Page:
For obvious reasons, horse insurance are more expensive than cats or dogs. Horses need specialist vets and expert care, but like most Australians with a horse, it’s never about the money.
A horse is a friend for life, and it’s our responsibility to protect them when they can’t do it themselves. Horse insurance is designed specifically around the needs of horses, including theft as a standard cover option.
I wanted to take some time to break down the basics of horse insurance, so you know what you’re looking for, but we’ve also gone through some of the best horse insurance providers in Australia to help you find a good deal.
Do I Need to Get Horse Insurance?
Horse insurance can cover accidental injuries, minor medical concerns, and emergency surgeries, but it’s important to choose the right one to suit you and your horse.
Riding horses need specific cover to cover injuries caused while riding while breeding horses and mares need more specific insurance to cover pregnancy care, and birthing.
Follow our guide below to find the best horse insurance in Australia.
What Should Horse Insurance Offer?
Horse insurance isn’t usually age-specific, and will generally cover horses from birth, through to old age, keeping your best friend insured against anything the world throws their way.
Due to the considerable investment of horse insurance, there is often a waiting period, so it doesn’t cover immediate accidents, and can take up to a month to kick in.
Thankfully, once it’s kicked in, horse insurance generally covers health concerns as well as theft of your horse or associated equipment.
What Does Horse Insurance Cover?
Basic horse insurance or general horse insurance will cover:
- Mortality and necessary euthanasia
- Veterinary fees against common illnesses (more expensive insurance covers a wider range of illnesses)
- Injury & emergency surgery
- Loss or theft (generally up to the lowest valuation of your horse)
- Public liability cover (in case your horse injures someone in your care or a member of the public)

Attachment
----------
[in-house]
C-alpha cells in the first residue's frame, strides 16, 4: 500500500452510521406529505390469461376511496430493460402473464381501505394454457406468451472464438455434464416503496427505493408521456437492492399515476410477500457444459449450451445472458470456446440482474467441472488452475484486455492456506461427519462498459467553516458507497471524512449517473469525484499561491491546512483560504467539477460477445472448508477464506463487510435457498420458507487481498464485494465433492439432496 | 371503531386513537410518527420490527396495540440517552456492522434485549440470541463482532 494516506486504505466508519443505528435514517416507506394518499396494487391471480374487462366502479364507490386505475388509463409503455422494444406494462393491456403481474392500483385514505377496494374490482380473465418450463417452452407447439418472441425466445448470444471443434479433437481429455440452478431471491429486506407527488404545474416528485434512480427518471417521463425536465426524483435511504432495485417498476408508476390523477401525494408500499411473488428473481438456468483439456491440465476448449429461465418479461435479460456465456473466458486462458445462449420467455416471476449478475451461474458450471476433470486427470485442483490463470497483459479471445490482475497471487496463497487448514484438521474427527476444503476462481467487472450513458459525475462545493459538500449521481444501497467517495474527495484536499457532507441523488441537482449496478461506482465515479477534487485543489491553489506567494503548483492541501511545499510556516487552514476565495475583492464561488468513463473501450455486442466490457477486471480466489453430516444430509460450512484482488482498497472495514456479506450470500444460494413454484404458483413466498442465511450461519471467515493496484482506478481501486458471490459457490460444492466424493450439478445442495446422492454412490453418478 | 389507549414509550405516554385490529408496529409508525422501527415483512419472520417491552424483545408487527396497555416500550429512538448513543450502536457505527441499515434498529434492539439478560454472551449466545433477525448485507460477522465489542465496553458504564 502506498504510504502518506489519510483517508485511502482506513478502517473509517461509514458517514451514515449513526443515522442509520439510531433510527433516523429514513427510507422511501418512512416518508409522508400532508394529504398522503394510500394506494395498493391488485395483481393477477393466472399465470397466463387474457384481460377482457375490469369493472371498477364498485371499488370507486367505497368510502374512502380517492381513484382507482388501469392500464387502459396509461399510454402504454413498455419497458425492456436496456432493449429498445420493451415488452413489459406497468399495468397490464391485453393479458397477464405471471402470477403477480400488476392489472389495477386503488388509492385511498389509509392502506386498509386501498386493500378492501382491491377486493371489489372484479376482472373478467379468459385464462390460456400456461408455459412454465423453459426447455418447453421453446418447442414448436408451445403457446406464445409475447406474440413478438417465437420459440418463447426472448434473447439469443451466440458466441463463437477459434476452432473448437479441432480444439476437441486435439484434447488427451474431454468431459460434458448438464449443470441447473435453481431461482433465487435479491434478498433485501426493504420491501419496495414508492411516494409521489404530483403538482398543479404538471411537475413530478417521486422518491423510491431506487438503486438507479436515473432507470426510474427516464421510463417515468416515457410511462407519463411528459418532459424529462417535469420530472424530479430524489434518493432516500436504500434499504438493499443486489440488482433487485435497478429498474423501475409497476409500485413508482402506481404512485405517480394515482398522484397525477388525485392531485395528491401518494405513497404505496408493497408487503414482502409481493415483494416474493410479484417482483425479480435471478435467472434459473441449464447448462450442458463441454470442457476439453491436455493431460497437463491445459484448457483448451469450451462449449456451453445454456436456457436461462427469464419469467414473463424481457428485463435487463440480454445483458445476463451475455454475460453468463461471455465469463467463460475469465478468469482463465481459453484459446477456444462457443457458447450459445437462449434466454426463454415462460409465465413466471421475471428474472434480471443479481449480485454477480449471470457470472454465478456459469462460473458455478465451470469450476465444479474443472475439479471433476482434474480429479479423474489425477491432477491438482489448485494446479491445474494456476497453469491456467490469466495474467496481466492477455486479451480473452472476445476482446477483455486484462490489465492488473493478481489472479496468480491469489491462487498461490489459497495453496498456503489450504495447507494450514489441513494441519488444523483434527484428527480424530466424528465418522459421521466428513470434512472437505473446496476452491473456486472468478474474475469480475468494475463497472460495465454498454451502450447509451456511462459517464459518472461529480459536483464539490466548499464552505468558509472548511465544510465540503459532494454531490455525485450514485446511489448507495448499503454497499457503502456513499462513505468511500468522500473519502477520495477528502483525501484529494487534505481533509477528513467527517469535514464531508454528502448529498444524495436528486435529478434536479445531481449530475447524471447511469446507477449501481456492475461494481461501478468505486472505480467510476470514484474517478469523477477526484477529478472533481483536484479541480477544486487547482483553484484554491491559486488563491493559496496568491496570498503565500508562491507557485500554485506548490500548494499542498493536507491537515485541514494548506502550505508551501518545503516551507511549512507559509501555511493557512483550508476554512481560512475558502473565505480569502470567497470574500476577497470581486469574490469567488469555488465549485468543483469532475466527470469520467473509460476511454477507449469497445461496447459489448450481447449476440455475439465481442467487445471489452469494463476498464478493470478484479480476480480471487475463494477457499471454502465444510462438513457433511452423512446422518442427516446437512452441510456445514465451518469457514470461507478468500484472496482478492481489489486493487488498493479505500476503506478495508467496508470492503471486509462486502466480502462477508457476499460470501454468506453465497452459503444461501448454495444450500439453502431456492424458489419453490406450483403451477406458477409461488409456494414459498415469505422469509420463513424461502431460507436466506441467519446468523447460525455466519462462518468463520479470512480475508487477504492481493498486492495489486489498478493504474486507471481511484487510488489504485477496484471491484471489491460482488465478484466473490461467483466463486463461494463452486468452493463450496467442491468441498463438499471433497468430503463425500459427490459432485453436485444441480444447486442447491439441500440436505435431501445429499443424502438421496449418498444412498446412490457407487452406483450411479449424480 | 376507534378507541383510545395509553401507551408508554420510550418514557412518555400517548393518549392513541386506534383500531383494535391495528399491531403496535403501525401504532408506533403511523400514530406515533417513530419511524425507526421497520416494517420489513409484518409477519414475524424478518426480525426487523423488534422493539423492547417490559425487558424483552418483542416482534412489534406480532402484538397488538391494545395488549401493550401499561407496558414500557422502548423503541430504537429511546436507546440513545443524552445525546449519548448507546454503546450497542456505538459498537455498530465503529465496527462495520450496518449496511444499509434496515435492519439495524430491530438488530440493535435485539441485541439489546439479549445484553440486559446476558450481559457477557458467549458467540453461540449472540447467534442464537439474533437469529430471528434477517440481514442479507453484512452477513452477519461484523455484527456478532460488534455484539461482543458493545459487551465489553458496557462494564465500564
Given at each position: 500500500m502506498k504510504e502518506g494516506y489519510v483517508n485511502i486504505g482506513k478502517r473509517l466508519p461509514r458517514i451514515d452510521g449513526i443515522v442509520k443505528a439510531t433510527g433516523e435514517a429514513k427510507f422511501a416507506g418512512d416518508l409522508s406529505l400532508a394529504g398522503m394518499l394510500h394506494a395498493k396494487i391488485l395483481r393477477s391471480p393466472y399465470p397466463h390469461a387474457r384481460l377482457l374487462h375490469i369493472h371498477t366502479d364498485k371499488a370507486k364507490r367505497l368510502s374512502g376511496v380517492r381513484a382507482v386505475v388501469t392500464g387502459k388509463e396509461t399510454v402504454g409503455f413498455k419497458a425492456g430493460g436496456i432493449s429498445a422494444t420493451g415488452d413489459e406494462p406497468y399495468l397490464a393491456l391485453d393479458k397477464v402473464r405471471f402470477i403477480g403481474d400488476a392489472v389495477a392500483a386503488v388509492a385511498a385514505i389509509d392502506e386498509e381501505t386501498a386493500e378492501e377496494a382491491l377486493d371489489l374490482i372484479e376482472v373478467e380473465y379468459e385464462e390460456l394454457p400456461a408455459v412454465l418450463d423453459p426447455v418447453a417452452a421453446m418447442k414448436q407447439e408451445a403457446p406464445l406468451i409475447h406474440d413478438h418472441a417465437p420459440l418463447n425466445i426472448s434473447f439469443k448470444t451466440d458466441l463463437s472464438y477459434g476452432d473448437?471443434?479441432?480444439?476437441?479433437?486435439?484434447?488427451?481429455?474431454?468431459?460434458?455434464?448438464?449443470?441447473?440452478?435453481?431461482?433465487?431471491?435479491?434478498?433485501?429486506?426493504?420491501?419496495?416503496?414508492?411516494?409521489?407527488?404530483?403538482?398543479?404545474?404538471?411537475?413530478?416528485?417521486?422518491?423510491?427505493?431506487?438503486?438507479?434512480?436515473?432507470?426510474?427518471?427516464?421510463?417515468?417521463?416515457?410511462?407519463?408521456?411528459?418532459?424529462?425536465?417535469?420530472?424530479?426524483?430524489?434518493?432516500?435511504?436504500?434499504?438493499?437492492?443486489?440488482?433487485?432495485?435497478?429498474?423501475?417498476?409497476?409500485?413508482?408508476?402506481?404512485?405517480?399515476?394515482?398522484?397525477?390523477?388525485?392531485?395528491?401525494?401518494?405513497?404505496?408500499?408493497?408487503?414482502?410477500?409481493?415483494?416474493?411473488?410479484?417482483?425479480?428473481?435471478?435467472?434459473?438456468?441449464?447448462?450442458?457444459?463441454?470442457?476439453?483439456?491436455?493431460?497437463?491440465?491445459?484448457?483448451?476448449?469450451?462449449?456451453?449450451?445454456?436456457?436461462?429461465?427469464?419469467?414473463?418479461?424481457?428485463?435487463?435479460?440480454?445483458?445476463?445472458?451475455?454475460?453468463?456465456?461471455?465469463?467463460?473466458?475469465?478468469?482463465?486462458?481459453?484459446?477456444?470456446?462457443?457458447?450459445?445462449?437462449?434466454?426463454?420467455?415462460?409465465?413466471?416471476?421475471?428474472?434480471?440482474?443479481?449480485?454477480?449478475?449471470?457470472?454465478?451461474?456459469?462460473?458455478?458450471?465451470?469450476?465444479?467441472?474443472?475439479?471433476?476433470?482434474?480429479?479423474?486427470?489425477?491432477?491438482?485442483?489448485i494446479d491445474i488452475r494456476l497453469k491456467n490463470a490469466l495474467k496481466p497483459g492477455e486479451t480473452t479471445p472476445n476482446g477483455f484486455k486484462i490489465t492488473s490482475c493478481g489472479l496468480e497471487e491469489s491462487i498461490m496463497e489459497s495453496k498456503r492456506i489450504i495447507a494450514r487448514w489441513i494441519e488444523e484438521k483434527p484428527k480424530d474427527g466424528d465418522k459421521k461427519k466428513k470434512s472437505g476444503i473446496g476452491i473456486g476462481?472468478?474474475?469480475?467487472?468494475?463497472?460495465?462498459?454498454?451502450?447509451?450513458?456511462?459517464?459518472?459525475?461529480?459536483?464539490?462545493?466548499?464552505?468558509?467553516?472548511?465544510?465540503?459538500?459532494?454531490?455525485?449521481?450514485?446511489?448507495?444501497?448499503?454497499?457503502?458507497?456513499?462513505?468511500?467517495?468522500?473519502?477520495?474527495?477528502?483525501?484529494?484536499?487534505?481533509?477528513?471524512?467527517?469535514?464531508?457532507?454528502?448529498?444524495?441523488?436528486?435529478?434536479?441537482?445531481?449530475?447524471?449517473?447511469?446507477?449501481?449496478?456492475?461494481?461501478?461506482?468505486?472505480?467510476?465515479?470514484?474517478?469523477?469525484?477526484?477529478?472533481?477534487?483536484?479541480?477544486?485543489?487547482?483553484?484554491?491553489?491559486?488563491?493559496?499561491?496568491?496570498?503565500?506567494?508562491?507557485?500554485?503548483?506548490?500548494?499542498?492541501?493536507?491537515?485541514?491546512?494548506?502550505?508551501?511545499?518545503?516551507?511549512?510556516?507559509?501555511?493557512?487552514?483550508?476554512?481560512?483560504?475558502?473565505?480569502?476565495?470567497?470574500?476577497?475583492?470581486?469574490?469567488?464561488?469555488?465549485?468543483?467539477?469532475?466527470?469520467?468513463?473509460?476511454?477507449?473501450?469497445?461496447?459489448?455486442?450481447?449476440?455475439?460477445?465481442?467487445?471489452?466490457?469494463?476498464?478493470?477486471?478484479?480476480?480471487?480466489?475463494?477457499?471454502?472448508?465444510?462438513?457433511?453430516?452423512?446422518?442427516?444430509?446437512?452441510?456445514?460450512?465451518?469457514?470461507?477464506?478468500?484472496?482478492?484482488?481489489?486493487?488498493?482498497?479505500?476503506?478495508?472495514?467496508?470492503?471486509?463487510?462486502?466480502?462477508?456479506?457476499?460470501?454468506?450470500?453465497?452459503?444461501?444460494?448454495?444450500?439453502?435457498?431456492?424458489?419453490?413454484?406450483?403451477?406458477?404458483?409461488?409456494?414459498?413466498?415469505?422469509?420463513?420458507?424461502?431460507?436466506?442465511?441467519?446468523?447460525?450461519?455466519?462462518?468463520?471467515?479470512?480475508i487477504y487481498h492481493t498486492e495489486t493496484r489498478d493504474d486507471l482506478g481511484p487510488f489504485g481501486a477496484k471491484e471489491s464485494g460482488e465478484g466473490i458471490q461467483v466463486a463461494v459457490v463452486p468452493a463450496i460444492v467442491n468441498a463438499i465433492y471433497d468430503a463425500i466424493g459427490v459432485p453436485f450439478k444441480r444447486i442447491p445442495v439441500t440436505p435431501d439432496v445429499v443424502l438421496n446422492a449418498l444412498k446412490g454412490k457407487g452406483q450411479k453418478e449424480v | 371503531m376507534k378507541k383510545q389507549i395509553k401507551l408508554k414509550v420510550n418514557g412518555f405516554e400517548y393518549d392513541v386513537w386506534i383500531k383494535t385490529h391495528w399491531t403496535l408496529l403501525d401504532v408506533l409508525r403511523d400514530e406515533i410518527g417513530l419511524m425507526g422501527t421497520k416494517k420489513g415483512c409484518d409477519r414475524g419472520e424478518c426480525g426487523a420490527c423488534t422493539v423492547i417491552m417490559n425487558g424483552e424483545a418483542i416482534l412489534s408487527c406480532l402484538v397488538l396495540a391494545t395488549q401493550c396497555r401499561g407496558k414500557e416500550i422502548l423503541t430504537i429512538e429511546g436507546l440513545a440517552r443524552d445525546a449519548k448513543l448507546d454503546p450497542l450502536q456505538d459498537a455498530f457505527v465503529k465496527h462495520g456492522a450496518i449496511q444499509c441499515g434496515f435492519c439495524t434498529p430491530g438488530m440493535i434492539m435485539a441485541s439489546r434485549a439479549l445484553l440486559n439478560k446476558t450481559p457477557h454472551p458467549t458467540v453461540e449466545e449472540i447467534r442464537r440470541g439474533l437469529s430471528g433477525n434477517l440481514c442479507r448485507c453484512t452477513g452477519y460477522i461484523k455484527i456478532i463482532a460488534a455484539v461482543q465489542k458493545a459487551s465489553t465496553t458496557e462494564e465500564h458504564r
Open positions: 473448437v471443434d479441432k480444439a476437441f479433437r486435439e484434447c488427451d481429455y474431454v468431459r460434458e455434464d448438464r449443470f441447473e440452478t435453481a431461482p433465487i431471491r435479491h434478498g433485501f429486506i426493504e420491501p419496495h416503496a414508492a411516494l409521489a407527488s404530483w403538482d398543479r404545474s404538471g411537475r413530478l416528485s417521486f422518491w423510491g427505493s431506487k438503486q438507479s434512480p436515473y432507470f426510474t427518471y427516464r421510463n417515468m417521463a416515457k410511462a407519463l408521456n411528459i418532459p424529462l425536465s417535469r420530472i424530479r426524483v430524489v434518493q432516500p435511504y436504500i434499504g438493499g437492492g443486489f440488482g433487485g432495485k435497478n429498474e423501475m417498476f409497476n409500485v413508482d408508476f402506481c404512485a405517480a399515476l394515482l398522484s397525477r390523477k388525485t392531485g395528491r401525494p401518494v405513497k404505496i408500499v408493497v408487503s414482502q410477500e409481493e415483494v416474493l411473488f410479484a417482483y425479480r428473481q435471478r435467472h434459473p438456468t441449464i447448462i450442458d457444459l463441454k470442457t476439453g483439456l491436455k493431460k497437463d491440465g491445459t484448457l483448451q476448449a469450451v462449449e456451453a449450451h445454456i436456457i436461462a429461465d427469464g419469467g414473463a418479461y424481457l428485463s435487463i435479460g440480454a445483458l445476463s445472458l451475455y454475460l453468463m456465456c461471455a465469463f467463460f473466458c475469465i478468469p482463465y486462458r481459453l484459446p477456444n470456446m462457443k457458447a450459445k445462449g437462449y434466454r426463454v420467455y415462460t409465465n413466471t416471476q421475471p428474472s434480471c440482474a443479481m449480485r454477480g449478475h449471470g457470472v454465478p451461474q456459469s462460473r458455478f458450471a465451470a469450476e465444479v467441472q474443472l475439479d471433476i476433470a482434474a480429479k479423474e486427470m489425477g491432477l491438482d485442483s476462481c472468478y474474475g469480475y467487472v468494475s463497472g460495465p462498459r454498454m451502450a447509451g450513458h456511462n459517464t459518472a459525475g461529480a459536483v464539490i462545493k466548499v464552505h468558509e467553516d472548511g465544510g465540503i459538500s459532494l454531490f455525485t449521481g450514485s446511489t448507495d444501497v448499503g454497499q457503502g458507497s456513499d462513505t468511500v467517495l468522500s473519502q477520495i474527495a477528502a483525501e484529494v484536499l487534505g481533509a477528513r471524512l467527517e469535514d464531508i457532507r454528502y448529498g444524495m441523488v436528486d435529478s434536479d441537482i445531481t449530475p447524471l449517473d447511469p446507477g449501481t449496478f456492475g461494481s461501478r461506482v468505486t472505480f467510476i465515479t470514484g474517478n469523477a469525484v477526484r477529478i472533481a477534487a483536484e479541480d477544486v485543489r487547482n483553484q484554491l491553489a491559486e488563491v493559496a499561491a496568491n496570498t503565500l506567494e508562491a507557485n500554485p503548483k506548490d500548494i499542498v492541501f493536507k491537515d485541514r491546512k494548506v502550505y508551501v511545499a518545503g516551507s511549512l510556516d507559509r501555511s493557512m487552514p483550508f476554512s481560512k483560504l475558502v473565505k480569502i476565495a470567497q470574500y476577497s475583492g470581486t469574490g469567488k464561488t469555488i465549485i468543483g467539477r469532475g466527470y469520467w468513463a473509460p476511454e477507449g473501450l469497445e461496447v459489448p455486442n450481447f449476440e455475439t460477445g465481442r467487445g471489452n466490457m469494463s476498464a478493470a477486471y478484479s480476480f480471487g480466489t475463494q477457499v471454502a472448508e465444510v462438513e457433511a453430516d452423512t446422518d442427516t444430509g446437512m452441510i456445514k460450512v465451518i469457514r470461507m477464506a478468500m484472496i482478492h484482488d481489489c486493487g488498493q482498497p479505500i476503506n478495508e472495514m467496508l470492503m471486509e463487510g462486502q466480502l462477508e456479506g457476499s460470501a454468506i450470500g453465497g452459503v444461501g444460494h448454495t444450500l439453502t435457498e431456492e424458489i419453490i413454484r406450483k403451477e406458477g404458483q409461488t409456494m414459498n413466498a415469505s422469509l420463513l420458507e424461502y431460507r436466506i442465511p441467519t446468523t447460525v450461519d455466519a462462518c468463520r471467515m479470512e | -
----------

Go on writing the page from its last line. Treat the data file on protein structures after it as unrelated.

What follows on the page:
- Loss or theft of equipment (usually including trailers)
- Loss of use (usually for riding horses, or working horses, where an injury causes loss of income for the owner)
But what about the more specific deals? I want to take a quick look at how general horse insurance differs from more conditional insurance next.
Different Types of Horse Insurance to Look Out For
As well as general horse insurance, there are three really common types of horse insurance that cater to working horses and breeders. One, though perhaps less common, is cover while riding.
Cover while riding
Cover while riding can be included on standard insurance, but will add to the premium. Essentially, it’s covering any injury to you, your horse, or anyone else who might be riding your horse.
All the standard benefits are included, but it’s worth considering the added premium as it often goes further towards dental and accident cover than standard public liability.
Show horse cover
Show horse cover can be taken out separately from general horse cover, but I’d advise looking at the two together. All show horse cover is added, as extra protection against loss of use due to injury or pregnancy.
Even the most loved family horse can also be a working horse, for show jumping, trials, and beauty pageants. Injury doesn’t mean it’s time to lose the horse, but it helps to know that you’re financially covered for their care in any situation.